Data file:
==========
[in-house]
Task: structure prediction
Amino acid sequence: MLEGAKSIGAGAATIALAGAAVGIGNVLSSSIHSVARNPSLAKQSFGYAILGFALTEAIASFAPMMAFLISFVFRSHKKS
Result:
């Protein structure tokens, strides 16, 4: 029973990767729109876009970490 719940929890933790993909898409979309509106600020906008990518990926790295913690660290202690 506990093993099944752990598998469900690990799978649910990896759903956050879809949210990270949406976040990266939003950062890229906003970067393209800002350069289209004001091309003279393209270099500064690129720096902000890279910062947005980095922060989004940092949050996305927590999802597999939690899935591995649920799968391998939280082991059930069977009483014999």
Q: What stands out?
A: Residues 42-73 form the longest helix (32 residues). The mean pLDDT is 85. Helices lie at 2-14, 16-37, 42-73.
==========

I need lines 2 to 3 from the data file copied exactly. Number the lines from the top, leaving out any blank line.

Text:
Task: structure prediction
Amino acid sequence: MLEGAKSIGAGAATIALAGAAVGIGNVLSSSIHSVARNPSLAKQSFGYAILGFALTEAIASFAPMMAFLISFVFRSHKKS